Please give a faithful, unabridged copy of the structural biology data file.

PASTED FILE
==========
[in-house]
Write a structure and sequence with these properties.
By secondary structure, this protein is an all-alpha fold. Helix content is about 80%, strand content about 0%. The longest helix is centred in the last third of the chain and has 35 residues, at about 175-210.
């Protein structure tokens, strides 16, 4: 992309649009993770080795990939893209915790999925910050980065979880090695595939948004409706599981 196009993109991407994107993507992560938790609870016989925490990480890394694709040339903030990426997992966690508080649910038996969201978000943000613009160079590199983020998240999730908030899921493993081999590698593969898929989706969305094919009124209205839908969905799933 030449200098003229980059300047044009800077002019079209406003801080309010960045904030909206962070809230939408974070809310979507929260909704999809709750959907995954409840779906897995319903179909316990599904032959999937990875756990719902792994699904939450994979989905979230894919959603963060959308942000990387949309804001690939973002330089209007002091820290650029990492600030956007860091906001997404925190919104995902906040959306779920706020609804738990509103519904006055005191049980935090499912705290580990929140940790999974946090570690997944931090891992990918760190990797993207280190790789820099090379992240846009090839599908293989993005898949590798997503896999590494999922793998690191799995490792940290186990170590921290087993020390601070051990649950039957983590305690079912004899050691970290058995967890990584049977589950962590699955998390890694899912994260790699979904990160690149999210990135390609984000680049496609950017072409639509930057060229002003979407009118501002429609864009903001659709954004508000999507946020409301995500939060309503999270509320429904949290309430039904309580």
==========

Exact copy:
[in-house]
Write a structure and sequence with these properties.
By secondary structure, this protein is an all-alpha fold. Helix content is about 80%, strand content about 0%. The longest helix is centred in the last third of the chain and has 35 residues, at about 175-210.
């Protein structure tokens, strides 16, 4: 992309649009993770080795990939893209915790999925910050980065979880090695595939948004409706599981 196009993109991407994107993507992560938790609870016989925490990480890394694709040339903030990426997992966690508080649910038996969201978000943000613009160079590199983020998240999730908030899921493993081999590698593969898929989706969305094919009124209205839908969905799933 030449200098003229980059300047044009800077002019079209406003801080309010960045904030909206962070809230939408974070809310979507929260909704999809709750959907995954409840779906897995319903179909316990599904032959999937990875756990719902792994699904939450994979989905979230894919959603963060959308942000990387949309804001690939973002330089209007002091820290650029990492600030956007860091906001997404925190919104995902906040959306779920706020609804738990509103519904006055005191049980935090499912705290580990929140940790999974946090570690997944931090891992990918760190990797993207280190790789820099090379992240846009090839599908293989993005898949590798997503896999590494999922793998690191799995490792940290186990170590921290087993020390601070051990649950039957983590305690079912004899050691970290058995967890990584049977589950962590699955998390890694899912994260790699979904990160690149999210990135390609984000680049496609950017072409639509930057060229002003979407009118501002429609864009903001659709954004508000999507946020409301995500939060309503999270509320429904949290309430039904309580």